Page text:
Bumble Trading, Inc. et al v. Match Group LLC

Western District of Texas, txwd-6:2018-cv-00350

REPLY to Response to Motion, filed by Bumble Holding Ltd, Bumble Trading Inc., re [33] MOTION to Dismiss for Lack of Jurisdiction Motion to Dismiss for Failure to State a Claim filed by Bumble Trading Inc., Bumble Holding Ltd Plaintiffs Bumble Trading, Inc. and Bumble Holding, Ltd.'s Reply in Support of Their Motion to Dismiss Match Group, LLC's First Amended Counterclaims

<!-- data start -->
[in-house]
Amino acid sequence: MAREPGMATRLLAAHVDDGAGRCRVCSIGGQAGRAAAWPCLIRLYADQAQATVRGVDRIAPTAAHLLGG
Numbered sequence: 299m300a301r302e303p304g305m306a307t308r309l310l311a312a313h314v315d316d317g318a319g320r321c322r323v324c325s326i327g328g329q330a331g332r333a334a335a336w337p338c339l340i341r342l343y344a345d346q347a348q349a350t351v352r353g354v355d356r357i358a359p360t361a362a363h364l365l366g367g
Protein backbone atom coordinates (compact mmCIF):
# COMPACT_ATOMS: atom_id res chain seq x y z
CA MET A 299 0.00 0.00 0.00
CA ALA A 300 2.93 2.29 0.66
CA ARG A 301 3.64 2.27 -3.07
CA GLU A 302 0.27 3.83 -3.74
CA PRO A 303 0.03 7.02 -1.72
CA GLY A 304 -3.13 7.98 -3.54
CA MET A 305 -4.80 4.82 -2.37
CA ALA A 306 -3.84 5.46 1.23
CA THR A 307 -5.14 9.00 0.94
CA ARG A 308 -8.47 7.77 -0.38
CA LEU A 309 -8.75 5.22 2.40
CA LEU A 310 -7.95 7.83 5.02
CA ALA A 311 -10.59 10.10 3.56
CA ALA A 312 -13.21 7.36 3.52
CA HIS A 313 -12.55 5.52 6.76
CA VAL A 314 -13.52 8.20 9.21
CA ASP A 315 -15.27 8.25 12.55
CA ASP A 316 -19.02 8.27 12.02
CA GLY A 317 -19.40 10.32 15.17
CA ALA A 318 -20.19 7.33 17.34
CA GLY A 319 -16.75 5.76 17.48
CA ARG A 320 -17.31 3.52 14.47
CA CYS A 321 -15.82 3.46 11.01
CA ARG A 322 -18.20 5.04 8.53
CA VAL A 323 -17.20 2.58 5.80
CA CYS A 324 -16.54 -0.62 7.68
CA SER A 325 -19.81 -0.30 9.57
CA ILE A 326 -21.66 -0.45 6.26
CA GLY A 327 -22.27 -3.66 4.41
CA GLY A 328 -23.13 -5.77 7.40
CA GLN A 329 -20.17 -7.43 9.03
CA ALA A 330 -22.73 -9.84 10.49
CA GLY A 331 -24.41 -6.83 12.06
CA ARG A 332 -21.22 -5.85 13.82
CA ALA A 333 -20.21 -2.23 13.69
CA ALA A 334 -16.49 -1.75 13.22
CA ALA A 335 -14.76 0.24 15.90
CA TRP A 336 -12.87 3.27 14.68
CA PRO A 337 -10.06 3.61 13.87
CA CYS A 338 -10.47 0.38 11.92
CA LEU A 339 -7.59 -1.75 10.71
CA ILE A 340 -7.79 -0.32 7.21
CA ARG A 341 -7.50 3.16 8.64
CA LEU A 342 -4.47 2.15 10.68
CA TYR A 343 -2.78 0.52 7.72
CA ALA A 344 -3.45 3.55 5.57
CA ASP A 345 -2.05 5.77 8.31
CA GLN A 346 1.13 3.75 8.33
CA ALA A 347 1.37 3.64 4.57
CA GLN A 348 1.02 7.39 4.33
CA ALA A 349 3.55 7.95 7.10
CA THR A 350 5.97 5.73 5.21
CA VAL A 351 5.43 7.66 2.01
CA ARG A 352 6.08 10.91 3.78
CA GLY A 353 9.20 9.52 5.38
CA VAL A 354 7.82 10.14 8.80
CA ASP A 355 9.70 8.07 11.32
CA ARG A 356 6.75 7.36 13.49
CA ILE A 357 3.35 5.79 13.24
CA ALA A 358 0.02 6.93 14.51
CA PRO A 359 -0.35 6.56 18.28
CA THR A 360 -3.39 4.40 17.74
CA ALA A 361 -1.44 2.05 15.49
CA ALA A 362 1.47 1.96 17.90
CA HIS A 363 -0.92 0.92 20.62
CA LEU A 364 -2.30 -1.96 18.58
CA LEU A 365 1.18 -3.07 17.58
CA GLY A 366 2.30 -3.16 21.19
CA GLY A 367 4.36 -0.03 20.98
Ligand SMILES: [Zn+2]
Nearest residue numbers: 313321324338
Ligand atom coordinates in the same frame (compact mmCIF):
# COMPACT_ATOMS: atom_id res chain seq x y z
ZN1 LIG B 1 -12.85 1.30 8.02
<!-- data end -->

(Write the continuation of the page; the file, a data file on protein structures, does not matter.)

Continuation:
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7 IN THE UNITED STATES DISTRICT COURT WESTERN DISTRICT OF TEXAS WACO DIVISION BUMBLE TRADING, INC. and BUMBLE HOLDING, LTD., Plaintiffs/Counter-Defendants, Case No.: 6:18-cv-00350-ADA vs. MATCH GROUP, LLC, Defendant/Counter-Plaintiff. PLAINTIFFS BUMBLE TRADING, INC. AND BUMBLE HOLDING, LTD.'S REPLY IN SUPPORT OF THEIR MOTION TO DISMISS MATCH GROUP, LLC'S FIRST AMENDED COUNTERCLAIMS 7 TABLE OF CONTENTS Page I. INTRODUCTION ............................................................................................................. 1 II. ARGUMENT ..................................................................................................................... 1 A. Match's Opposition Only Reinforces Why its Patent Counterclaims Should be Dismissed. ............................................................................................. 1 B. This Court Lacks Jurisdiction Over the Tort Counterclaims. ................................ 3 1. There is no federal question jurisdiction for Counterclaim 7. ................... 3 2. There is no federal question jurisdiction for Counterclaims 10 and 11................................................................................................................ 5 3. There is no common nucleus of operative facts between the Tort Counterclaims and the Patent Counterclaims. ........................................... 6 4. Even if the Court concludes it could exercise supplemental jurisdiction over the Tort Counterclaims, it should decline to do so. ........ 7 C. The Court Should Exercise its Discretion under the Declaratory Judgment Act to Dismiss the Tort Counterclaims. ................................................................. 9 III. CONCLUSION ................................................................................................................ 10 -i- 7 TABLE OF AUTHORITIES Page(s) Cases Astral Health & Beauty, Inc. v. Aloette of Mid-Miss., Inc., 895 F. Supp. 2d 1280 (N.D. Ga. 2012) ................................................................................2, 10 Bass & Hays Foundry Inc. v. Accucast Ltd., No. 4:15-CV-890-O, 2016 WL 6561598 (N.D. Tex. Feb. 17, 2016) ....................................4, 5 Bostic v. AT&T of Virgin Islands, 166 F. Supp. 2d 350 (D.V.I. 2001) ............................................................................................8 Capco Int'l, Inc. v. Haas Outdoors, Inc., No. 3:03-CV-2127G, 2004 WL 792671 (N.D. Tex. Apr. 9, 2004) .........................................10 Conlin v. Solarcraft, Inc., No. 4:14-CV-1852, 2014 WL 4809446 (S.D. Tex. Sept. 26, 2014) ..........................................4 Delgado v. M. Lipsitz & Co., No. 3:13-CV-4324-N, 2014 WL 11456820 (N.D. Tex. Jan. 28, 2014) .....................................4 Driveline Retail Merch., Inc. v. Pepsico, Inc., No. 4:17-CV-00423, 2018 WL 2298386 (E.D. Tex. May 21, 2018).........................................2 El Paso Apartment Ass'n v. City of El Paso, No. EP-08-CV-145-DB, 2009 WL 10669390 (W.D. Tex. Apr. 15, 2009)................................8 Empire Healthchoice Assurance, Inc. v. McVeigh, 547 U.S. 677 (2006) ...................................................................................................................4 Everett Fin., Inc. v. Primary Residential Mortg., Inc., No. 3:14-CV-1028-D, 2016 WL 7378937 (N.D. Tex. Dec. 20, 2016) ......................................2 Forrester Environmental Services, Inc. v. Wheelabrator Technologies, Inc., 715 F.3d 1329 (Fed. Cir. 2013)..................................................................................................5 Gold v. Local 7 United Food & Commercial Workers Union, 159 F.3d 1307 (10th Cir. 1998) .................................................................................................8 Gomez v. O'Reilly Auto. Stores, Inc., 283 F. Supp. 3d 569 (W.D. Tex. 2017)......................................................................................4 Gunn v. Minton, 568 U.S. 251 (2013) ...................................................................................................................5 -ii- 7 TABLE OF AUTHORITIES (continued) Page Household Bank v. JFS Group, 320 F.3d 1249 (11th Cir. 2003) .................................................................................................6 Ill. Cent. R.R. Co. v. Cain, 434 F. Supp. 2d 415 (S.D. Miss. 2006)....................................................................................10 Jang v. Boston Scientific Corp., 767 F.3d 1334 (Fed. Cir. 2014)..................................................................................................5 Katz v. Gerardi, 655 F.3d 1212 (10th Cir. 2011) .............................................................................................2, 3 Larson v. Gen. Motors Corp., 134 F.2d 450 (2d Cir. 1943).....................................................................................................10 Loyalty Conversion Sys. Corp. v. Am. Airlines, Inc., No. 2:13-CV-655, 2014 WL 4352533 (E.D. Tex. Sept. 2, 2014) ..............................................7 In re Lyon Fin. Servs., Inc., 257 S.W.3d 228 (Tex. 2008) (per curiam) .................................................................................9 Mission Ins. Co. v. Puritan Fashions Corp., 706 F.2d 599 (5th Cir. 1983) ...................................................................................................10 Oliney v. Gardner, 771 F.2d 856 (5th Cir. 1985) .................................................................................................2, 3 Perry Homes v. Cull, 258 S.W.3d 580 (Tex. 2008)......................................................................................................9 PlainsCapital Bank v. Rogers, 715 F. App'x 325 (5th Cir. 2017) ..............................................................................................4 Styskal v. Weld County Bd. of Cty. Comm'rs, 365 F.3d 855 (10th Cir. 2004) ...................................................................................................8 Travelers Ins. Co. v. La. Farm Bureau Fed'n, Inc., 996 F.2d 774 (5th Cir. 1993) ...................................................................................................10 TTEA v. Ysleta del Sur Pueblo, 181 F.3d 676 (5th Cir. 1999) .....................................................................................................6 -iii- 7 TABLE OF AUTHORITIES (continued) Page Vanover v. NCO Fin. Servs., Inc., 857 F.3d 833 (11th Cir. 2017) ...................................................................................................2 Walton v. Eaton Corp., 563 F.2d 66 (3d Cir. 1977).........................................................................................................3 Statutes 28 U.S.C. § 1367 ..........................................................................................................................5, 7 Other Authorities Fed. R. Civ. Proc. 12(b)(1) ..............................................................................................................6 13D Wright & Miller, Federal Practice & Procedure, § 3567.3 (3d ed. 2018)................................7 -iv- 7 TO THE HONORABLE UNITED STATES DISTRICT COURT: I. INTRODUCTION Match argues its Counterclaims are meant to clear the air. But its Opposition exposes that the Counterclaims are nothing more than procedural gambits. First, Match asserts identical patent infringement claims in a separate action—which, of course, it cannot do. Match promises to address that by moving to consolidate. But in the process, Match would bootstrap state-law claims that are not within this Court's jurisdiction and would add a new defendant into the original action that it previously chose not to sue. Circuit Courts, including the Fifth Circuit, admonish district courts to watch out for exactly this kind of gamesmanship with duplicative complaints. Second, Match would turn the Declaratory Judgment Act into a forum shopping cart—using state-law based declaratory relief claims that have no place in federal court to prevent Bumble from pursuing its claims in state court. The Court should not permit Match to game the system like this.1 II. ARGUMENT A. Match's Opposition Only Reinforces Why its Patent Counterclaims Should be Dismissed. Match's Opposition effectively concedes that its Patent Counterclaims are entirely redundant with claims it asserts in the earlier 18-cv-80 action. (Opp. at 2.) Bumble's Motion cites to a bevy of authorities that call for dismissal in these circumstances. (Mot. at 12-14.) Rather than addressing Bumble's argument and authority head on, Match cites to a single out-of-circuit district court decision for the dubious claim it can litigate "entirely redundant" claims 1 Match opens its Opposition by listing "shenanigans" it accuses Bumble of, namely filing a complaint against Match, waiting to serve it, and stirring media reaction to the litigation. Match omits that it first filed a complaint, waited to serve it, and stirred media reaction to the litigation— and did so at the exact moment Bumble was negotiating a possible acquisition with third parties. PLAINTIFFS' REPLY IN SUPPORT OF MOTION TO DISMISS – Page 1 7 against the same defendant in separate actions. (Opp. at 2 (citing Astral Health & Beauty, Inc. v. Aloette of Mid-Miss., Inc., 895 F. Supp. 2d 1280, 1284 (N.D. Ga. 2012).) But even Match's lone authority, Astral Health, does not endorse Match's tactics.2 Id. Match simply cannot "maintain two separate actions involving the same subject matter" regardless of whether the claims are for declaratory relief or money damages. See Oliney v. Gardner, 771 F.2d 856, 859 (5th Cir. 1985); see also Katz v. Gerardi, 655 F.3d 1212, 1218 (10th Cir. 2011).3 Match also argues that because its Patent Counterclaims seek money damages against Bumble Holding, which is not a defendant in the 18-cv-80 action, the claims are not redundant. (Opp. at 2.) As an initial matter, this argument does not apply to the Counterclaims asserted against Bumble Trading, which should be dismissed as to that counterclaim defendant regardless. As for Bumble Holding, Match should not be permitted to assert duplicative claims here in an attempt to essentially add a new defendant to the 18-cv-80 action. Match did not allege claims against Bumble Holding in the 18-cv-80 action. That failure also raises the specter that Match can no longer allege patent claims against Bumble Holding in later copy-cat actions under the claim-splitting doctrine. See, e.g., Vanover v. NCO Fin. Servs., Inc., 857 F.3d 833, 842 (11th Cir. 2017) (claim-splitting doctrine allowed district court to refuse 2 In Astral Health, the court discussed a narrow exception to the routine practice of dismissing redundant declaratory relief claims. Namely, when "contract interpretation lies at the heart of the case" and the defendant seeks declaratory relief, in the same litigation, to ensure that if it is found not liable, the Court goes a step further and clarifies that the defendant's interpretation of the contract is also correct (which otherwise would be left uncertain). 895 F. Supp. 2d at 1284. 3 Even if this case were consolidated with the 18-cv-80 action, the Patent Counterclaims should still be dismissed. See, e.g., Driveline Retail Merch., Inc. v. Pepsico, Inc., No. 4:17-CV-00423, 2018 WL 2298386, at *10 (E.D. Tex. May 21, 2018); Everett Fin., Inc. v. Primary Residential Mortg., Inc., No. 3:14-CV-1028-D, 2016 WL 7378937, at *18 (N.D. Tex. Dec. 20, 2016). PLAINTIFFS' REPLY IN SUPPORT OF MOTION TO DISMISS – Page 2 7 joinder of later-added defendant known at time of complaint); Katz, 655 F.3d at 1218-19 (doctrine against claim-splitting requires all claims on a set of facts to be alleged at once). Match asserts the duplicative Patent Counterclaims currently at issue to try to gain an advantage on these procedural issues—Match wants to consolidate its redundant counterclaims with its original action to bring Bumble Holding into the earlier-in-time litigation. (Opp. at 2 ("[T]he cases should be consolidated").) But a party cannot file a procedurally defective duplicative pleading and then seek consolidation to bootstrap a procedural advantage it did not have in the earlier action. See, e.g., Oliney, 771 F.2d at 859 (admonishing courts to police against "the incorrect procedure of filing duplicative complaints to expand the procedural rights"); Walton v. Eaton Corp., 563 F.2d 66, 71 (3d Cir. 1977) (same). As a result, the Court should dismiss the duplicative Counterclaims asserted against both Bumble entities. B. This Court Lacks Jurisdiction Over the Tort Counterclaims. 1. There is no federal question jurisdiction for Counterclaim 7. Match's Opposition attempts to rewrite Counterclaim 7 to avoid dismissal for lack of jurisdiction. That Counterclaim seeks: "A declaratory judgment that Match's conduct in connection with a potential acquisition of Bumble did not give rise to liability for tortious interference with prospective business relations." (Counterclaims at Prayer, ¶ 9.) That is, Match seeks a declaration that nothing it did during a months-long negotiation for an acquisition of Bumble gives rise to state-law liability for interference with prospective business relations. Match asks the Court to pretend that Counterclaim 7 seeks a much narrower declaration than it actually does: That Match cannot be liable for tortious interference specifically for filing the 18-cv-80 patent action. (Opp. at 4.) Match wants this fiction so it can argue the claim turns exclusively on the frivolity of the separate patent litigation, and therefore depends on a federal question. (Id.) But an opposition is not a vehicle for amendment. As drafted, Counterclaim 7 PLAINTIFFS' REPLY IN SUPPORT OF MOTION TO DISMISS – Page 3 7 does not "necessarily depend[]" on resolution of a question of federal law—a rare and disfavored finding—but rather seeks broad immunity from state tort law claims. (See Mot. at 10); see also, e.g., PlainsCapital Bank v. Rogers, 715 F. App'x 325, 330 (5th Cir. 2017) (federal question not necessarily raised where alternative grounds for liability rested in state law). Even if Match's fiction were true, and Counterclaim 7 sought only a declaration that Match's filing of the 18-cv-80 was not tortious, it still would lack federal question jurisdiction. A claim must necessarily raise a federal question and that question must be substantial to the federal system as a whole. (Mot. at 11-12.) Match argues its "patent portfolio may be. . . asserted against others" and therefore questions about patent validity have broader relevance. (Opp. at 5-6.) But Match states repeatedly that the filing of Match's lawsuit is actionable only if all of the claims (patent and otherwise), as alleged against Bumble, are so frivolous as to be a sham (Opp. at 5 ("Bumble must prove that the entire 18-cv-80 case is a 'sham.'"). This is the kind of "fact-bound and situation-specific" question that the Supreme Court has said does not matter outside the scope of the litigation itself, and therefore does not raise a substantial issue of federal law even if federal law is necessarily raised. Empire Healthchoice Assurance, Inc. v. McVeigh, 547 U.S. 677, 701 (2006). Courts in this circuit consistently interpret the substantial question test narrowly and reject federal question jurisdiction even where federal questions are necessarily raised.4 As the court in Bass & Hays Foundry Inc. v. Accucast Ltd. warned, the federal docket will be "flooded" if any state law claims affecting a "federally created property interest" can be "recharacterize[d] . . . as 4 See, e.g., Gomez v. O'Reilly Auto. Stores, Inc., 283 F. Supp. 3d 569, 577 (W.D. Tex. 2017); Conlin v. Solarcraft, Inc., No. 4:14-CV-1852, 2014 WL 4809446, at *4 (S.D. Tex. Sept. 26, 2014) (finding "the federal system is not concerned" with state law tort liability, even where patent issues are implicated); Delgado v. M. Lipsitz & Co., No. 3:13-CV-4324-N, 2014 WL 11456820, at *2 (N.D. Tex. Jan. 28, 2014). PLAINTIFFS' REPLY IN SUPPORT OF MOTION TO DISMISS – Page 4 7. . . 'deserving' federal jurisdiction." No. 4:15-CV-890-O, 2016 WL 6561598, at *3 (N.D. Tex. Feb. 17, 2016).5 2. There is no federal question jurisdiction for Counterclaims 10 and 11. Just as it did with Counterclaim 7, Match's Opposition reinvents Counterclaims 10 and 11 to try to create jurisdiction where there was none before. Match now argues that this Court has federal question jurisdiction over "aspects" of these claims because Counterclaim 11 (but not 10) supposedly relates to the federal Defend Trade Secrets Act ("DTSA"). This is a transparent shift in position mid-briefing. To start, the jurisdiction section of Match's Counterclaims disagrees with this new theory. Match alleges there that this Court can hear Counterclaims 10 and 11 under § 1367, not under §1331. (Counterclaims at ¶ 5.) Match effectively admits that it invented this new theory of jurisdiction only after seeing Bumble's motion. (See Opp. at 10, n.6.) Moreover, the DTSA is never mentioned anywhere in the Counterclaims. Instead, the Counterclaims reference only the Texas Uniform Trade Secrets Act. (Counterclaims at ¶ 153.)6 Match has fabricated a federal trade secrets issue in an attempt to create 5 Match ignores this precedent and instead relies on two distinguishable out-of-circuit cases. (Opp. at 6.) In Forrester Environmental Services, Inc. v. Wheelabrator Technologies, Inc., the court referenced outdated case law regarding allegedly false statements about the validity of a patent— claims that required the court to rule on validity (unlike the claim here). 715 F.3d 1329, 1334 (Fed. Cir. 2013). Even then, the Federal Circuit was unsure if the referenced line of cases survived the Supreme Court's test articulated in Gunn v. Minton, 568 U.S. 251 (2013)—and ultimately ruled the facts before it did not suggest a substantial federal question. Id. Jang v. Boston Scientific Corp., is even further distinguishable, as that case was before the district court on diversity jurisdiction. 767 F.3d 1334, 1338 (Fed. Cir. 2014). The only question was which circuit court should hear the appeal, given the contract claim at issue again required a finding on patent validity that risked a circuit split. Id. 6 Moreover, by Match's own articulation of the Article III standard, it could not bring a DTSA declaratory relief claim, even if it was given leave (which it has not requested). (Opp. at 8.) Bumble has never alleged that Match violated the DTSA, and therefore there is no controversy as to that issue—as argued by Match itself. (Id.) PLAINTIFFS' REPLY IN SUPPORT OF MOTION TO DISMISS – Page 5 7 jurisdiction. In truth, Counterclaims 10 and 11 are a reaction to Bumble's Texas state-law claims.7 3. There is no common nucleus of operative facts between the Tort Counterclaims and the Patent Counterclaims. Counterclaims 7 and 9. Counterclaims 7 and 9, as pled, do not share a common nucleus of operative facts with the Patent Counterclaims. (Mot. at 7-8.) Match's Opposition tries to dispute this by arguing that these Counterclaims necessarily turn on the merits of Match's patent claims in the 18-cv-80 litigation and citing cases that address such circumstances. (Opp. at 8.) But Match's description of its claims in its brief and the relief it has requested in its pleading do not match. (Mot. at 7-8.) These claims seek declaratory relief that Match's conduct over the course of a months-long negotiation was not tortious. This is fundamentally a separate set of facts from the facts that will dictate whether Bumble committed patent infringement. (Id.) To cure this defect, Match makes the bizarre argument that it lacks Article III standing to request the relief it seeks in its own pleading, and therefore the Court should read the requested relief more narrowly than it is drafted. (Opp. at 8.) But the Court is not tasked with rewriting Match's claims to make them tenable. If Match lacks Article III standing to bring this claim, which it appears to admit, the only option is dismissal. Fed. R. Civ. Proc. 12(b)(1). Counterclaims 10 and 11. Counterclaims 10 and 11 concern Match's liability under state tort-law theories and contractual issues regarding the forum those claims should be litigated in. They have no connection with the Patent Counterclaims. (Mot. at 6-7.) Match barely contests the 7 Match's reliance on Household Bank v. JFS Group, 320 F.3d 1249 (11th Cir. 2003) and TTEA v. Ysleta del Sur Pueblo, 181 F.3d 676 (5th Cir. 1999) to argue that it is justified in bringing a federal trade secrets claim—which it did not do—is unpersuasive because those cases are distinguishable on their facts. For example, in Household Bank, the declaratory plaintiff brought an action in part under federal law in anticipation of a threatened lawsuit that related to an already pending suit that included a federal claim. 320 F.3d at 1252. Unlike those cases, Match did not bring a declaratory claim under federal law, and inquiring about what claims Bumble could have brought makes no sense—Bumble already did bring its claims. PLAINTIFFS' REPLY IN SUPPORT OF MOTION TO DISMISS – Page 6 7 point.8 The Court need only look at Counterclaims 10 and 11 to see the lack of nexus. Recognizing as much, Match's Opposition relies primarily on an alternative and tortured path to supplemental jurisdiction. Match again argues that some aspect of Counterclaim 11 seeks a declaration that Match did not violate the federal DTSA and that creates supplemental jurisdiction for the rest of Counterclaim 11 and somehow also Counterclaim 10. (Opp. at 10.) This theory fails because Match has not, and by its own logic cannot, allege a declaratory relief claim under the DTSA. (See Section II(B)(2), supra.) 4. Even if the Court concludes it could exercise supplemental jurisdiction over the Tort Counterclaims, it should decline to do so. Match has failed to demonstrate that this Court should exercise discretion to hear its declaratory relief claims under 28 U.S.C. § 1367, and its Opposition only highlights that point. Dismissal of Federal Claims. To begin, the Opposition ignores the possibility that the Patent Counterclaims will be dismissed. They should be. (See Section II(A), supra.) As such, the Court should refuse to exercise supplemental jurisdiction over state-law claims. (Mot. at 9.) Predominance over Federal Questions. Match argues supplemental jurisdiction should only be denied under § 1367(c)(2) where "a federal tail [is] wag[ging] what is in substance a state dog." (Opp. at 13.) But the tail that wags the dog approach is "a particularly narrow view of § 1367(c)(2)." 13D Wright & Miller, Federal Practice & Procedure, § 3567.3 (3d ed. 2018); cf., 8 Match notes that Bumble's original petition alleged a scheme in which Match both stole trade secrets and later injured Bumble by asserting frivolous patent claims. (Opp. at 10.) Bumble's claims are not at issue—Match's counterclaims are. And they do not require the Court to consider any broader scheme. Match also confuses two issues: even if Match's filing of 18-cv-80 action was evidence of a broader plan, that would not mean that the facts that go to the merits of the filed claims—which are separate from the filing itself—are common to the facts at issue in Counterclaims 10 and 11. See Loyalty Conversion Sys. Corp. v. Am. Airlines, Inc., No. 2:13-CV- 655, 2014 WL 4352533, at *3 (E.D. Tex. Sept. 2, 2014). PLAINTIFFS' REPLY IN SUPPORT OF MOTION TO DISMISS – Page 7 7 e.g., El Paso Apartment Ass'n v. City of El Paso, No. EP-08-CV-145-DB, 2009 WL 10669390, at *2-4 (W.D. Tex. Apr. 15, 2009). Regardless, this case is a state dog that has been wagged by a procedurally dubious federal tail. Bumble filed tort claims against Match in state court. Match removed the case by tacking on patent counterclaims that it was already litigating elsewhere. Then Match added a range of state-law declaratory relief claims only after Bumble sought to voluntarily dismiss its affirmative claims. Once the duplicative Patent Counterclaims are properly dismissed, the only federal issue left is the DTSA claim Match made up in its Opposition—again to try to create jurisdiction. The impropriety of supplemental jurisdiction is even more obvious when considering the legal standard. Courts have discretion to dismiss state-law claims that require "a different inquiry" than the federal claim. El Paso Apartment Ass'n, 2009 WL 10669390, at *4; see also Gold v. Local 7 United Food & Commercial Workers Union, 159 F.3d 1307, 1310-11 (10th Cir. 1998), abrogation on other grounds recognized by Styskal v. Weld County Bd. of Cty. Comm'rs, 365 F.3d 855 (10th Cir. 2004) (affirming dismissal of state-law claims that involved "a factual question predominantly distinct in scope from the federal issue"). The Patent Counterclaims here do involve "a different inquiry," El Paso Apartment Ass'n, 2009 WL 10669390, at *4, because they "will present no occasion to inquire" about Match's conduct during its negotiations with Bumble, Bostic v. AT&T of Virgin Islands, 166 F. Supp. 2d 350, 365 (D.V.I. 2001). Match does not contend otherwise, but instead argues the reverse—that the state-law claims will call for an inquiry into the federal claims (also not so). Issues of State Law. Match admits that its state-law Counterclaims may be "complex," but contests whether they raise novel and complex issues of state law. (Opp. at 12.) They do. Counterclaim 10 concerns the enforceability of a forum selection clause that allegedly binds two PLAINTIFFS' REPLY IN SUPPORT OF MOTION TO DISMISS – Page 8 7 Texas corporations, which would apparently mandate resolution of a Texas Uniform Trade Secret Act claim in an English court. Moreover, Match appears intent on expanding the reach of that clause to broad and undefined fraud and unfair competition claims under Texas law and to apply that clause to nonsignatory parties. But Texas does not enforce forum selection clauses that contravene public policies, that overreach, or that are waived by conduct (such as litigating covered claims in Texas courts, as Match is doing right now). See, e.g., In re Lyon Fin. Servs., Inc., 257 S.W.3d 228, 231–32 (Tex. 2008) (per curiam); Perry Homes v. Cull, 258 S.W.3d 580, 593 (Tex. 2008). These are complex issues that have not been clearly resolved. Counterclaim 11 purports to seek a declaration that Match has not committed any tortious conduct, under four different state- law theories, over the course of a months-long negotiation to acquire Bumble. To truly resolve this claim would require the parties to litigate virtually every aspect of Texas commercial tort law. Other Compelling Reasons. Match concedes it is forum shopping, but just not in a "disfavored" way. (Opp. at 14.) This argument fails for the reasons discussed in Section II(C), infra. Match should not be allowed to manipulate the forum to force Bumble, the true plaintiff, to defend declaratory relief claims in federal court. And Match's argument that convenience supports retaining supplemental jurisdiction is specious: Bumble sued in Dallas, where Match is headquartered. C. The Court Should Exercise its Discretion under the Declaratory Judgment Act to Dismiss the Tort Counterclaims. Contrary to Match's arguments, the factors that guide a court's decision of whether to dismiss a claim for declaratory relief support dismissing the Tort Counterclaims. Anticipatory Filing, Forum Shopping, and the Equities. Match wrongly argues that forum shopping in this context is only subversive and "anticipatory" if the aim is to change the law that will be applied. (Opp. at 18.) Even the cases Match cites say otherwise—an attempt to PLAINTIFFS' REPLY IN SUPPORT OF MOTION TO DISMISS – Page 9 7 control the forum also constitutes improper anticipatory filing of declaratory relief claims and is inequitable. Capco Int'l, Inc. v. Haas Outdoors, Inc., No. 3:03-CV-2127G, 2004 WL 792671, at *4 (N.D. Tex. Apr. 9, 2004) (finding it improper to "divest[] the 'true plaintiff'" of choice in forum); see, e.g., Travelers Ins. Co. v. La. Farm Bureau Fed'n, Inc., 996 F.2d 774, 777 (5th Cir. 1993) (similar); Ill. Cent. R.R. Co. v. Cain, 434 F. Supp. 2d 415, 422 (S.D. Miss. 2006) (similar); Mission Ins. Co. v. Puritan Fashions Corp., 706 F.2d 599, 602 (5th Cir. 1983) (noting inequities of allowing declaratory plaintiff to control forum). That is exactly what Match seeks to do here— control the forum that Bumble's state-law claims are litigated in. Convenience and Judicial Economy. Match repeatedly states that allowing its Tort Counterclaims to move forward will save judicial resources. Not so. To begin, Match is not facing multiple potential suits by multiple parties. (Mot. at 17.) Additionally, Bumble has made clear that any claims that it might pursue in the future against Match would be "different" than Counterclaims 7, 9, 10, and 11. (See Caldwell Dec. ¶ 6.) Therefore, adjudicating the Tort Counterclaims now would not avoid piecemeal litigation and would instead use resources to resolve a dispute that is currently at best "shadowy." Larson v. Gen. Motors Corp., 134 F.2d 450, 452-53 (2d Cir. 1943). Duplication of Pending Claims and Defenses. Match ignores the plethora of authority instructing courts to dismiss claims for declaratory relief that duplicate pending claims or defenses in the same matter. (Mot. at 14-15.) Instead, Match again relies exclusively on Astral Health to rebut Bumble's arguments. (Opp. at 19.) But that case just does not stand for what Match needs it to. (See Section II(A), supra.) As Bumble's claims are still pending, Counterclaims 7, 9, 10, and 11 are improper and should be dismissed. III. CONCLUSION For these reasons, Match's Counterclaims should be dismissed. PLAINTIFFS' REPLY IN SUPPORT OF MOTION TO DISMISS – Page 10 7 Dated: December 20, 2018 Respectfully submitted, By: /s/ Matthew D. Caplan Joseph M. Drayton (Pro Hac Vice) NY Bar No. 2875318 COOLEY LLP 1114 Avenue of the Americas New York, NY 10036 Telephone: (212) 479-6000 Facsimile: (212) 479-6275 jdrayton@cooley.com Rose S. Whelan (Pro Hac Vice) DC Bar No. 999367 COOLEY LLP 1299 Pennsylvania Ave., NW Suite 700 Washington, DC 20004 Tel: (202) 842-7800 Fax: (202) 842-7899 rwhelan@cooley.com Michael G. Rhodes (Pro Hac Vice) CA Bar No. 116127 Matthew D. Caplan (Pro Hac Vice) CA Bar No. 260388 COOLEY LLP 101 California Street, 5th Floor San Francisco, CA 94111-5800 Telephone (415) 693-2000 Facsimile: (415) 693-2222 mrhodes@cooley.com mcaplan@cooley.com Deron R Dacus (TX 00790553) THE DACUS FIRM, P.C. 821 ESE Loop 323, Suite 430 Tyler, TX 75701 Telephone: 903-705-1117 Facsimile: 903-581-2543 ddacus@dacusfirm.com Attorneys for Plaintiffs/Counter-Defendants: Bumble Trading, Inc. And Bumble Holding Ltd. PLAINTIFFS' REPLY IN SUPPORT OF MOTION TO DISMISS – Page 11 7 CERTIFICATE OF SERVICE The undersigned certifies that the foregoing document was filed electronically with the Clerk of Court using the CM/ECF system which will send notification of such filing to all counsel of record on December 20, 2018. /s/ Matthew D. Caplan Attorney Name PLAINTIFFS' REPLY IN SUPPORT OF MOTION TO DISMISS – Page 12